5 Do’s and Don’ts When Betting for Value

The distinction between the sports bettors who lose and those who are able to sustain and expand their bankroll is a value-first attitude.

Most bettors simply try to pick up bets that they think can foresee and disregard the costs of the game. At its worst, this way of thinking places you in an unduly insecure position. You’re probably wildly overpaying for something at best.

The bottom line is, you can’t disregard any amount when you’re trying to make a good bet. In this post, I’m going to set out the do’s and don’ts when it comes to value betting.

1. Don’t: Take Huge Money line Favorites
Of all the low-value bets available, the favorite line of money must be the most common bet on any basis. It makes sense to why. It feels like the most “safe thing” in a world where “safe things” are hard to get through.

Unfortunately, the moneyline favorite bet is possibly also the most dangerous when you consider possible financial consequences.

“Moneyline’s favorites are predicted to win. The thing is, if you’re regularly risking between 150 percent and 200 percent of the money you’re going to receive, the losses (though less in number) will inevitably begin to outweigh the wins in the money column.”

In an ideal world, you’d never have to lose anything than you can earn. In-person or online sportsbooks would not allow this to be the case much of the time, so the next best thing you can hope for is a bet where the risk-return is as near as possible.

Irrespective of how confident you are that your bet is going to strike, if the cost is too high, then the value is just not there to make it worth the risk.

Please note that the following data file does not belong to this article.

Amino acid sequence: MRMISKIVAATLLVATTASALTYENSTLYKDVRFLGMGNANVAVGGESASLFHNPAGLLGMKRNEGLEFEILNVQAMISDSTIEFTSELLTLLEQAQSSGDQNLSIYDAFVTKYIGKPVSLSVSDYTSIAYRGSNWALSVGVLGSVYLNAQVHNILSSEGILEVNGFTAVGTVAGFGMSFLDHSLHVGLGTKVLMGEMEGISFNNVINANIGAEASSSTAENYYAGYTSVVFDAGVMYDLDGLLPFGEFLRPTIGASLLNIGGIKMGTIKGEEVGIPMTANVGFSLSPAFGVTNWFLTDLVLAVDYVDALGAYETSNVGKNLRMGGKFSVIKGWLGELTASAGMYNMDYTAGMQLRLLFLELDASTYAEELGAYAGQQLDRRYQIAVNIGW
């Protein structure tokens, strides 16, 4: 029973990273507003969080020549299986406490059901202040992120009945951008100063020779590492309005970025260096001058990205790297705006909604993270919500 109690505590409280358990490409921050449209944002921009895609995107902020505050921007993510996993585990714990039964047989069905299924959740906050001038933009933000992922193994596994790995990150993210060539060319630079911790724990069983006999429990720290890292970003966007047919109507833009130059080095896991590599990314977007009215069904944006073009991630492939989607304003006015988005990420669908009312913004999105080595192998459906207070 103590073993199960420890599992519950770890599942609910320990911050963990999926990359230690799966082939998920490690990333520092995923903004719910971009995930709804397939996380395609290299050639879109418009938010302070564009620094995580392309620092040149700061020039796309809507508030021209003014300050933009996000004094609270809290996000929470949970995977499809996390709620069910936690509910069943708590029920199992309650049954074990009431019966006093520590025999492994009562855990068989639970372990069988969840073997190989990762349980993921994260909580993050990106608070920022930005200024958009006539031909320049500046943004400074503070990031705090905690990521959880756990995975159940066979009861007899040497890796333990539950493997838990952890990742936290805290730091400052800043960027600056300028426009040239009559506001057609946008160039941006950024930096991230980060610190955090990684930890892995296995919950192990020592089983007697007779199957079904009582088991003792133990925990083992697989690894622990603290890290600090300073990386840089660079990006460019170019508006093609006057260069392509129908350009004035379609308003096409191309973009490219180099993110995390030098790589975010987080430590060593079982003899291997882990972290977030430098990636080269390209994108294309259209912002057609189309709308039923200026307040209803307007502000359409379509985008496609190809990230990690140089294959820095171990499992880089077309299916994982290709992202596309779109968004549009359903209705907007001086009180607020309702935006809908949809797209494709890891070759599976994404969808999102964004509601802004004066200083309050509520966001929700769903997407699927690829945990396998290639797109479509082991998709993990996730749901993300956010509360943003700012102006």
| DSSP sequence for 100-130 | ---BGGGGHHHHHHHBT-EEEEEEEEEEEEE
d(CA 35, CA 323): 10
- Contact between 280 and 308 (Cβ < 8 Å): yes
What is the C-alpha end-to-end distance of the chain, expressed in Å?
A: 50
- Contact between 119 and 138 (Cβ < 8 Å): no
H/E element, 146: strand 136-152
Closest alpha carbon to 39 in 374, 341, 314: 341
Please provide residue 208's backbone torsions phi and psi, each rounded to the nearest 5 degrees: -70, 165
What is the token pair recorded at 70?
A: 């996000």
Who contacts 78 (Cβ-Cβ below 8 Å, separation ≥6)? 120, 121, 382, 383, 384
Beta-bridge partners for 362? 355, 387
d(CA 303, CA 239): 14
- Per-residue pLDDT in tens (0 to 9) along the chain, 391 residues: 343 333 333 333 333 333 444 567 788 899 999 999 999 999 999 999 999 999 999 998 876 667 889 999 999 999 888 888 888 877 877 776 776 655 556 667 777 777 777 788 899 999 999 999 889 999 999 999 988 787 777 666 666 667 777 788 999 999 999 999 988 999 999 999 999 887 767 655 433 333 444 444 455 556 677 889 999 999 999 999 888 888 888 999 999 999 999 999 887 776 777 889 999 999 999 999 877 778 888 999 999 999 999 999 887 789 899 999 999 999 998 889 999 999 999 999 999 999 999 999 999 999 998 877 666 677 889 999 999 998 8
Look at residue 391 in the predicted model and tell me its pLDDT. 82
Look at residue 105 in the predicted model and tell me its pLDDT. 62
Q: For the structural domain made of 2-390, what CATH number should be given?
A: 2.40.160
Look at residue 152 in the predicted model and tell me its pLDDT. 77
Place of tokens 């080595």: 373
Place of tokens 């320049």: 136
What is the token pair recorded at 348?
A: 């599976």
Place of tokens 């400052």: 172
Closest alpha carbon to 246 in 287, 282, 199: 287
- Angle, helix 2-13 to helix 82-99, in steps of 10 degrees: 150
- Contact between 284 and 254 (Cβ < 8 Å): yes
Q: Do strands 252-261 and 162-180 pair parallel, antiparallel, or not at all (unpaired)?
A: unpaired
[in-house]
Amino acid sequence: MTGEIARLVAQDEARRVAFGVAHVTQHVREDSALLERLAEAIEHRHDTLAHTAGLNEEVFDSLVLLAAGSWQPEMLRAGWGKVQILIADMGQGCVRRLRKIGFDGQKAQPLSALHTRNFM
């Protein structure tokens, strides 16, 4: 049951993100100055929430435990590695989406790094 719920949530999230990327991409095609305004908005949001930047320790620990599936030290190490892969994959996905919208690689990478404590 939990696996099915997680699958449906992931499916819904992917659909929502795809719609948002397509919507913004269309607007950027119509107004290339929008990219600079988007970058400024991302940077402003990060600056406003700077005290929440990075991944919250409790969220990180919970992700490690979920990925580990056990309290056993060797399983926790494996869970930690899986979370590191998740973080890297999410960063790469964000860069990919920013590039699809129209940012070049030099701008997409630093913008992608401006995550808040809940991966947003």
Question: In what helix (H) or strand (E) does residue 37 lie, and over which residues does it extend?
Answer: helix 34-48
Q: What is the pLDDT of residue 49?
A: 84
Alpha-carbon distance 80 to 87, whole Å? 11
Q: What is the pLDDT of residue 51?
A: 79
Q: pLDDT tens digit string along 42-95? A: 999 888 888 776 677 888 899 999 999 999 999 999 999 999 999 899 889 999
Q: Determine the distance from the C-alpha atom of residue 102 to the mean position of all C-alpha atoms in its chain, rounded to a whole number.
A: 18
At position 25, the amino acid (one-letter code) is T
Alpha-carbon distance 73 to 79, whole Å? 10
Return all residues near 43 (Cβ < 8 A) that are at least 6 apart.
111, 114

2. Do: Keep Track of Your Plays
You may think that you make a good decision on a regular basis to make a high-value bet, but is that really the case? The only way to know for sure is if you have a monitoring system in place that is checked periodically.

Some bettors get carried away with putting together a tracking sheet and end up making things too difficult to keep going. It’s almost as bad as not getting one.

The trick to a good tracking sheet is to make it as easy as possible without losing essential information. It’s easier said than done, but it’s still manageable.

Below, you’ll find exactly what I’m going to include on my betting sheet. Each group has a column when I make a bet.

“The Matchup Itself”
It’s pretty easy, but you want to know what you’re betting on. Write down who’s going to play. You could end up recognizing a trend where you win at a higher rate when you bet on a certain team.

“The Bet and the Odds”
Here’s where the value begins to come into play. Write down exactly what you see for this column on your bet slip. You may have GB Packers, for example (-5.5 at -110).

“Risk to Win”
This one lets you keep a closer eye on your money and is probably the best predictor of worth. Put a column about how much you lose and how much you can win. I typically make it easy (to save space) and it will look like “100:90” on my sheet (keeping with the -110 bet above).

If you do this regularly, there will be occasions when you find the figures don’t look too favorable. It’s this part of the sheet that can avoid any unwanted play.

“Final Result”
All the above information is what you were expected to write before the game, or just before/after you submit a play. The last part, and the most meaningful one, can be filled in after the game.